In case that's what you came looking for too, here's a couple of greats:

Beat the Reaper It's like House meets the Sopranos, except better.

Altered Carbon The most bad ass futuristic sci-fi book, ever.

u/OldManSimms · 1 pointr/books

If you don't mind a sci-fi twist on the story, I highly recommend Altered Carbon by Richard K. Morgan.

u/---sniff--- · 1 pointr/books

guh, here is the Amazon link for all the other lazy SOBs out there.

Altered Carbon

u/Kyrgh82 · 1 pointr/asoiaf
u/ruboos · 1 pointr/SF_Book_Club

Altered Carbon by Richard K. Morgan

Description from Amazon:
>In the twenty-fifth century, humankind has spread throughout the galaxy, monitored by the watchful eye of the U.N. While divisions in race, religion, and class still exist, advances in technology have redefined life itself. Now, assuming one can afford the expensive procedure, a person’s consciousness can be stored in a cortical stack at the base of the brain and easily downloaded into a new body (or “sleeve”) making death nothing more than a minor blip on a screen.
Ex-U.N. envoy Takeshi Kovacs has been killed before, but his last death was particularly painful. Dispatched one hundred eighty light-years from home, re-sleeved into a body in Bay City (formerly San Francisco, now with a rusted, dilapidated Golden Gate Bridge), Kovacs is thrown into the dark heart of a shady, far-reaching conspiracy that is vicious even by the standards of a society that treats “existence” as something that can be bought and sold. For Kovacs, the shell that blew a hole in his chest was only the beginning. . . .

Again, a book I haven't read in a few years, so my impressions are hazy. However, it's Richard K. Morgan, so there's plenty to be drawn in by. Violence, sex, technology, it's all beautiful.

u/Clamatius · 1 pointr/Netrunner

Yeah, you say you've hit the classics, but did you read all of them?

Neuromancer is my favourite book. Not just in the cyberpunk genre. So I'll more-than-second that recommendation. I agree that Burning Chrome is very good.

Mirrorshades (a short story collection) is also pretty good.

Altered Carbon is excellent noir/cyberpunk.

u/FlaveC · 1 pointr/printSF

Altered Carbon by Richard Morgan. It blends genres (mystery + noir + SF) and I think does a great job of introducing a novice to SF .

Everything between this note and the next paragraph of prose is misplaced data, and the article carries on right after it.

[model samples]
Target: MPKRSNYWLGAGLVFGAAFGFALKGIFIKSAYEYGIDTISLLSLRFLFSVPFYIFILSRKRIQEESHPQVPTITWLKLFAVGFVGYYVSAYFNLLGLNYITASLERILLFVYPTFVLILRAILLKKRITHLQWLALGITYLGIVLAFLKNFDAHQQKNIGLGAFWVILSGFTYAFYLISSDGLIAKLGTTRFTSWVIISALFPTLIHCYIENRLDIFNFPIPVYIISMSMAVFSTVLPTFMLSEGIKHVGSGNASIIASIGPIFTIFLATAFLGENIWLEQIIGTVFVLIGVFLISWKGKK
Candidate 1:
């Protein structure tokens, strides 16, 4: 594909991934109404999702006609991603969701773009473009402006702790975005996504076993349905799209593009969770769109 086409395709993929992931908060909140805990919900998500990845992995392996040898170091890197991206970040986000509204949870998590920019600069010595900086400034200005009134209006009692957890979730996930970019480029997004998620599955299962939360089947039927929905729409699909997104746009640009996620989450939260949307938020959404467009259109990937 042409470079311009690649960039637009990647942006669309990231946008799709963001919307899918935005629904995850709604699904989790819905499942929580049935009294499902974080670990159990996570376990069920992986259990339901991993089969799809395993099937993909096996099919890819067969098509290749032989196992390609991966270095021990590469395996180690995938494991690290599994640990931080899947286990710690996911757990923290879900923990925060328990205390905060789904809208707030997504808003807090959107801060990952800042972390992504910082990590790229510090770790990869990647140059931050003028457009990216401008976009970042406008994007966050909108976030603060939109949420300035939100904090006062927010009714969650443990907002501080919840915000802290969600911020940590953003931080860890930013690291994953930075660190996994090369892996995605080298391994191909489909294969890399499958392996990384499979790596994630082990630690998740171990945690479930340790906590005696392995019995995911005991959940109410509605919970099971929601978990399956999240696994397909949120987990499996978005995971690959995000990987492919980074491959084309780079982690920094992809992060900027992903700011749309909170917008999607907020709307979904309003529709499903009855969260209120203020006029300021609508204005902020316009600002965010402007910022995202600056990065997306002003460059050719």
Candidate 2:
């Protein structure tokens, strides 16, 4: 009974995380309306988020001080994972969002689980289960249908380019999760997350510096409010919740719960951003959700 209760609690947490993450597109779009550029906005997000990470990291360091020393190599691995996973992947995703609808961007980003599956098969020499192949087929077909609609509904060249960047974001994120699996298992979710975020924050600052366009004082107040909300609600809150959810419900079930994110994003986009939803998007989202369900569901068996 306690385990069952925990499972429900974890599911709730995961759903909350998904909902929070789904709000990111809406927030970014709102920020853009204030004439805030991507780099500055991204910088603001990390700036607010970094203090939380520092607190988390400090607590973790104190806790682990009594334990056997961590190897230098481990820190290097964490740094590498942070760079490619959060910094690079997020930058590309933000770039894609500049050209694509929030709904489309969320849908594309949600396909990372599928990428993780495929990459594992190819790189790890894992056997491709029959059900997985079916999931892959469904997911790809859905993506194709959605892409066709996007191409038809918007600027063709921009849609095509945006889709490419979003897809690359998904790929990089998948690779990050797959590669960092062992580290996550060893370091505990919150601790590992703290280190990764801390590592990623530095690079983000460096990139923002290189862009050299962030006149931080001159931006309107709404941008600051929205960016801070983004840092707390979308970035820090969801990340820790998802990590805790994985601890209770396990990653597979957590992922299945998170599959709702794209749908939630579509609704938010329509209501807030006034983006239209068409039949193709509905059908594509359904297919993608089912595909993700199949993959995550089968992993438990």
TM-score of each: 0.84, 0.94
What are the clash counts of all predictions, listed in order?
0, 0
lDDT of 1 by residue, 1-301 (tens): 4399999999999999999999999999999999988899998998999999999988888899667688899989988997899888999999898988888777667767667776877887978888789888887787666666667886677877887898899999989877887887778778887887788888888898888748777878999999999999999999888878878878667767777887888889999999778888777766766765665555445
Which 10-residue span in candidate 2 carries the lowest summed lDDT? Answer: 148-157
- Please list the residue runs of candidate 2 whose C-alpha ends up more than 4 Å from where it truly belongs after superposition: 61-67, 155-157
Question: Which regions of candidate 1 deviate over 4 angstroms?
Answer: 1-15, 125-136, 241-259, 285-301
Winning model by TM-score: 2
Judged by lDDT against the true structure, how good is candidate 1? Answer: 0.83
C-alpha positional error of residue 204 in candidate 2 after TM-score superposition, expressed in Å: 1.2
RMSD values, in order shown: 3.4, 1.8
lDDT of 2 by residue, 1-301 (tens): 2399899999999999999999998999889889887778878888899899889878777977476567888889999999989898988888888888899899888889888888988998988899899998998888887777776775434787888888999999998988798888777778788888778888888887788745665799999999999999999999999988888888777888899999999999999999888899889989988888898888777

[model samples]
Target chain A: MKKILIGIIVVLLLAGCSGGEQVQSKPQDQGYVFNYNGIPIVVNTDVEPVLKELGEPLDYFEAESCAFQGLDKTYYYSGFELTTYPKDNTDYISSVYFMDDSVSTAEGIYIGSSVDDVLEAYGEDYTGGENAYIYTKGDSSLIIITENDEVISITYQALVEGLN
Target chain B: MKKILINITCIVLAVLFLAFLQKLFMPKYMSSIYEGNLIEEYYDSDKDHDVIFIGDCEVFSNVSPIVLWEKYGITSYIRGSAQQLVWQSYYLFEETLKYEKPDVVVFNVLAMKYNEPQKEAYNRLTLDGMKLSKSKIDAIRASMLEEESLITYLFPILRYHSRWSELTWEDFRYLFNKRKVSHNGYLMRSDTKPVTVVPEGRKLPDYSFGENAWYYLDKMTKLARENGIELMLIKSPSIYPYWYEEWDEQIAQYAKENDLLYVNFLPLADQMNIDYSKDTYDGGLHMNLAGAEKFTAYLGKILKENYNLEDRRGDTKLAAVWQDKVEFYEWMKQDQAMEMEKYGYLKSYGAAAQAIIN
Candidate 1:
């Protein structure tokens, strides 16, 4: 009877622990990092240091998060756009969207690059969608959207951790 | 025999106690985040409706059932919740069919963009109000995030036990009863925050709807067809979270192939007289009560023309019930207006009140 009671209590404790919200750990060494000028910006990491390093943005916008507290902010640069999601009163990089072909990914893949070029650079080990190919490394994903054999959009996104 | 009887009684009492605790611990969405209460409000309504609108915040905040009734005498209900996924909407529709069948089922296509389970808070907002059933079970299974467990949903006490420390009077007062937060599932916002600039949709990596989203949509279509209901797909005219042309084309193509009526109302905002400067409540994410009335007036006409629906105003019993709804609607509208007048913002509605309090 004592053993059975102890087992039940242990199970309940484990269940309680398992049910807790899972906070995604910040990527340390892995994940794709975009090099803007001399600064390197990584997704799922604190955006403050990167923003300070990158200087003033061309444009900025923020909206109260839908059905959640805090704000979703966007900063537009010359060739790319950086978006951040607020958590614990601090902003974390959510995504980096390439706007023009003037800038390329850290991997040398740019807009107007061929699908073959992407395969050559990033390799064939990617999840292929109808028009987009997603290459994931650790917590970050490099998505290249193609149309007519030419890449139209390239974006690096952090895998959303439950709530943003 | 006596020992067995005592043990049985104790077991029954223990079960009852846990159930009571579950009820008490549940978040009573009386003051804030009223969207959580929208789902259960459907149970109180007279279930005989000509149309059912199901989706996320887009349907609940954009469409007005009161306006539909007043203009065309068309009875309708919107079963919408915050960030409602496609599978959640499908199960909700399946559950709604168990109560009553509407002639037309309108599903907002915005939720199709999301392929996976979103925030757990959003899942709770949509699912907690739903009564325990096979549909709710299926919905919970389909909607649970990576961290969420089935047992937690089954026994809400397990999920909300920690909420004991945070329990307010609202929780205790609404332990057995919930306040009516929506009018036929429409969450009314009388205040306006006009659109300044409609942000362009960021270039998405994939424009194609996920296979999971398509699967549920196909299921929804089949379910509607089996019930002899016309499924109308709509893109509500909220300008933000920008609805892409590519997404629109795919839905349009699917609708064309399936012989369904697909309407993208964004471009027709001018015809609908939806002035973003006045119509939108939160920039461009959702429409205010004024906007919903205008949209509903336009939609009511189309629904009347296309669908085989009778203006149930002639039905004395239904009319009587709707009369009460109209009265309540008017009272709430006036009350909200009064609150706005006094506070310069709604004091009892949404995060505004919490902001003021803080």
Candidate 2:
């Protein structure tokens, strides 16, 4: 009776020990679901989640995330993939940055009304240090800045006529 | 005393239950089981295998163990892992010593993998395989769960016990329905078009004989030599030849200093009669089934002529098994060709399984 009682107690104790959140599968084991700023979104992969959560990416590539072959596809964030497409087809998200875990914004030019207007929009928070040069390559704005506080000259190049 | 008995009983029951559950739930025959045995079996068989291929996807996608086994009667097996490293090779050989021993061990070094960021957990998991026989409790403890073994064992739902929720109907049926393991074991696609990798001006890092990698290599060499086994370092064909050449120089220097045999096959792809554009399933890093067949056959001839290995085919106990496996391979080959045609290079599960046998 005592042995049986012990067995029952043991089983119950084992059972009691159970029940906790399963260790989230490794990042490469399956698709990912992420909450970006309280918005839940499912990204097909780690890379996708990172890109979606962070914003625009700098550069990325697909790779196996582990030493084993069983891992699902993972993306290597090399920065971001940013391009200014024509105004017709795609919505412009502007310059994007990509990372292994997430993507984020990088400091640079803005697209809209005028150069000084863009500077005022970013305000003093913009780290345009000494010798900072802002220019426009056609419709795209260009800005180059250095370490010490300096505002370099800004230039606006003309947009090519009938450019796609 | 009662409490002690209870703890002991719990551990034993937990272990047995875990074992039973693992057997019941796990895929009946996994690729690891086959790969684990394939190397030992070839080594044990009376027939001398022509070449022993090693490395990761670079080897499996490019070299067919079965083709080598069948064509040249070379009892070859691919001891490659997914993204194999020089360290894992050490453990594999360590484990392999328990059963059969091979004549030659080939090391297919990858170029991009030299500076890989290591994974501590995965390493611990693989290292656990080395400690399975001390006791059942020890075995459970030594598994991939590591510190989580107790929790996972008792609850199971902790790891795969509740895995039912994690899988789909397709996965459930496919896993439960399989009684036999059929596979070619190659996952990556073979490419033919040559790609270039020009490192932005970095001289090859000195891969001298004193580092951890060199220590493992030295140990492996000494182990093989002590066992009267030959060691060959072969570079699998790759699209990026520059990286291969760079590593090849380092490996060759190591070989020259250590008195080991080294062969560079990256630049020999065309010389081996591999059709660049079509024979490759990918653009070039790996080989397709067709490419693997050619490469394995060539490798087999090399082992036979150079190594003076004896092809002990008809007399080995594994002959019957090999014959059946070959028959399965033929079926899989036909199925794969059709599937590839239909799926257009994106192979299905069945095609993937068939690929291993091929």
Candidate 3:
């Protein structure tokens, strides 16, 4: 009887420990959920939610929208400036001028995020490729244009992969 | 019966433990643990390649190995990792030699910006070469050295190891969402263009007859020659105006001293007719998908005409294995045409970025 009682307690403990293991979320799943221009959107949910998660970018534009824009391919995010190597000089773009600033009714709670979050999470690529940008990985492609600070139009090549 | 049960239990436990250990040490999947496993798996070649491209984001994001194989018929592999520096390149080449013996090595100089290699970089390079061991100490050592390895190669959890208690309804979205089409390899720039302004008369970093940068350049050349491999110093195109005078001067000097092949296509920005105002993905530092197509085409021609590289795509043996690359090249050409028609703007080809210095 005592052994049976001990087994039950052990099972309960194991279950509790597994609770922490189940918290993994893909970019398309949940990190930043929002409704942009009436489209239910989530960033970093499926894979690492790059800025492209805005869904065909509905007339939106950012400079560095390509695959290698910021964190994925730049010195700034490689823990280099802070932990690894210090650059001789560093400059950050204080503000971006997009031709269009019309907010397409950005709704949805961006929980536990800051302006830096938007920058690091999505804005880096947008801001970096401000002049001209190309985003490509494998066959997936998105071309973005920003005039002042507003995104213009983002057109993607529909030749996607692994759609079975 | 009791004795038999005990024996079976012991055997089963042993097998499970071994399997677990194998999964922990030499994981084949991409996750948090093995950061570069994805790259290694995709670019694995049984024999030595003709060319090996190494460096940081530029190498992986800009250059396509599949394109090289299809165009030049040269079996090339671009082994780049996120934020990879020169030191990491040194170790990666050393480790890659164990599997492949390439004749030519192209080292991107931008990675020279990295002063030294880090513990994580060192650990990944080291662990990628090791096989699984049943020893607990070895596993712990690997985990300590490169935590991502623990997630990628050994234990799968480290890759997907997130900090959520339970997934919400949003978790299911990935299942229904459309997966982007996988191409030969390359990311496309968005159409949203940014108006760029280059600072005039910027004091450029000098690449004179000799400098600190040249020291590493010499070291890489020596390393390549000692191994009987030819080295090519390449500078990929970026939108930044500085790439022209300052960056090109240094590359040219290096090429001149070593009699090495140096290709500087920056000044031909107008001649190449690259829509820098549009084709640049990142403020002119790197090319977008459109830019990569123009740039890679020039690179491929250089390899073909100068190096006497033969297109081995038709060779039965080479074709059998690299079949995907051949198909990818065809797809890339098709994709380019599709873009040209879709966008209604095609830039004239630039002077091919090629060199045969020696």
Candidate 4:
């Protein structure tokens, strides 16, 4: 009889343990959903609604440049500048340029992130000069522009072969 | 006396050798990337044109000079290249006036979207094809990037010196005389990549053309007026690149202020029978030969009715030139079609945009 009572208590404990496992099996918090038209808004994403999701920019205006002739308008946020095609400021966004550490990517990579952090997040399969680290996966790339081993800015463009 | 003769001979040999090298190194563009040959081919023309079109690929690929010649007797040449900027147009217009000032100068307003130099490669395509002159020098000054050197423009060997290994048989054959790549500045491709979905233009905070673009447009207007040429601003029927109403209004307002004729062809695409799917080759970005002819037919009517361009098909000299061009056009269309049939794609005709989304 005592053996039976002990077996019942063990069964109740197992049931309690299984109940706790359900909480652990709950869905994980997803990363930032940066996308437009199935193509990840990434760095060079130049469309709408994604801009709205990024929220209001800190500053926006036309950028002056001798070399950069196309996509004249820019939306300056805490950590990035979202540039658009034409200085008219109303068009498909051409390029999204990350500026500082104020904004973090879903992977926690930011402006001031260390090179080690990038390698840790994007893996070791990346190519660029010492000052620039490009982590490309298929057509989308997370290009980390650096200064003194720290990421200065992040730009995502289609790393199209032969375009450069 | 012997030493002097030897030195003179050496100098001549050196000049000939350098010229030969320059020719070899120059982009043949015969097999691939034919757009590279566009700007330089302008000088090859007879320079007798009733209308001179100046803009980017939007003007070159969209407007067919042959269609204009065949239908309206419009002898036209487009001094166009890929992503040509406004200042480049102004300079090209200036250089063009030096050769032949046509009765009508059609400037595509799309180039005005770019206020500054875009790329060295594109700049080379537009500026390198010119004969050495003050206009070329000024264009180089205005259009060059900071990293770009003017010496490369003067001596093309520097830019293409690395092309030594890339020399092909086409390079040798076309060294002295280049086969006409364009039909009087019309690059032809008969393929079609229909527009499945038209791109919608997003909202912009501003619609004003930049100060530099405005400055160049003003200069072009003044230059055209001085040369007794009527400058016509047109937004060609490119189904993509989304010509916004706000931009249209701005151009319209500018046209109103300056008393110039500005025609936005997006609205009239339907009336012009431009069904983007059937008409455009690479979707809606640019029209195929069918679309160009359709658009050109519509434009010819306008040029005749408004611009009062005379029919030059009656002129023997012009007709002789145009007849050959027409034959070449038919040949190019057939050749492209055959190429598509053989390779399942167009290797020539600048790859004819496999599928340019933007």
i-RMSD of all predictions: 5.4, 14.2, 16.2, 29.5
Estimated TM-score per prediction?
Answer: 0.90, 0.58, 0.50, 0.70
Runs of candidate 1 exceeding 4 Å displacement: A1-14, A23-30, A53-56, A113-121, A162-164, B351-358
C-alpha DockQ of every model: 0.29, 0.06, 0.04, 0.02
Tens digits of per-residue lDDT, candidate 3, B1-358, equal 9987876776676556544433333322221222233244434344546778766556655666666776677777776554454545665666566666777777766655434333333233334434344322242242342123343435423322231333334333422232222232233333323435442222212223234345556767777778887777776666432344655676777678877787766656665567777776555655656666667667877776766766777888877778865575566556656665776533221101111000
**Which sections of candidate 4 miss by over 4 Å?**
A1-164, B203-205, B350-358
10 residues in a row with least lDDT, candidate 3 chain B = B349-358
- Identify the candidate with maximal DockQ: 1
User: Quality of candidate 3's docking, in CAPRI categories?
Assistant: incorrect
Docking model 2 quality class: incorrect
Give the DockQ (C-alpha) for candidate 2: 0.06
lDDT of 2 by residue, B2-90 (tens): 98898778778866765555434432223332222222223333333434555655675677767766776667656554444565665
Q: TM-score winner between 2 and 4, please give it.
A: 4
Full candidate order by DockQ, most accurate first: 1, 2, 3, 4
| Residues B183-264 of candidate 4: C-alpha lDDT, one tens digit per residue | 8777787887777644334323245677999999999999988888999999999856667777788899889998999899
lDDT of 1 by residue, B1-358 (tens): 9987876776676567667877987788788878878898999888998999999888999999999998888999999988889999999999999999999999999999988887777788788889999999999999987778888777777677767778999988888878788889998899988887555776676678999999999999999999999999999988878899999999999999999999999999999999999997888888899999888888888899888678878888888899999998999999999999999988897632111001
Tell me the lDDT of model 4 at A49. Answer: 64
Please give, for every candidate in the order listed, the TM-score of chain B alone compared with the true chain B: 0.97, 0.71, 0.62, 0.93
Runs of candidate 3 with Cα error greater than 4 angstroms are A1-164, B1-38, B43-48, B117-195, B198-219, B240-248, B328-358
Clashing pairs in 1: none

[Edit] FWIW, I purposely avoided the "classics" as I think many of them would be quite dated to today's audience and would not be a good intro into the genre. But I would hope that as their taste in SF evolves that they would find the classics on their own and would be better able to appreciate them.

u/mnemosyne-0002 · 1 pointr/KotakuInAction

Archives for the links in comments:

u/aeiluindae · 1 pointr/todayilearned

You mean like in this book?

u/HickSmith · 1 pointr/booksuggestions

A bit more of a pleasure read, but still insightful.
Starship Troopers by Heinlein.

Also worth a read is the book of Joshua in the Bible. Read from a tactical mindset, you can gain insight into military tactics and troop management.

u/Eyegore138 · 1 pointr/Random_Acts_Of_Amazon

Starship Troopers massmarket paperbacks for around 4 dollars :D

and yea the writers of the future is the best of the the literary contests I have seen.. its sad but a lot of them are scams..

also [Cats Cradle] ( is a really good book.. Kurt vonnegut can be kinda hit or miss though some people really like his stuff and others really don't like him.

u/wake_their_ashes · 1 pointr/movies
u/acousticpizzas · 1 pointr/StarWars

The Thrawn Triology by Timothy Zahn. They're set after the Return of the Jedi-period. Great stories and well written too. Start off with the Heir to the Empire, the first in the series.

u/trekkie00 · 1 pointr/mylittlepony

You need to read the Thrawn trilogy. It's fairly epic, and since it was one of the first pieces of EU literature to come out a lot of the later stuff draws on it. Heck, it was the first place where Coruscant was named and described as a city-planet.

u/dizzysaurus · 1 pointr/movies
u/ohreddit1 · 1 pointr/StarWars

The Thrawn Trilogy by Timothy Zahn 1993

Heir to the Empire (Star Wars: The Thrawn Trilogy, Vol. 1)

Han Solo Adventures Brian Daley 1992
Includes adventure in which Chewbacca vests wookie servitude unto Han and Kessel Run

The Han Solo Adventures: Han Solo at Stars' End / Han Solo's Revenge / Han Solo and the Lost Legacy (A Del Rey book)

u/ReturnOfTheJabba · 1 pointr/StarWars

Both your links go to the same page, but this is the one I was recommending

u/MillenniumFalc0n · 1 pointr/StarWarsEU

I'd definitely recommend starting with the Thrawn trilogy, here's a link to the first book:

u/TumbleDryLow · 1 pointr/StarWars

My personal favorites (although note, neither are canon anymore):

1.) Shatterpoint: follows Mace Windu, and is essentially Star Wars' take on Heart of Darkness.

2.) The Thrawn Trilogy: Widely hailed as the best of the Star Wars EU. In my opinion, it has some of the best and worst elements. The good: a brilliant, nuanced antagonist; the bad: evil clones (a terrible subplot).

I haven't read it yet, but Lost Stars has been very well received (despite being billed as a young adult novel). I'd recommend it if you'd like a new canonical novel.

u/bstrunk · 1 pointr/StarWars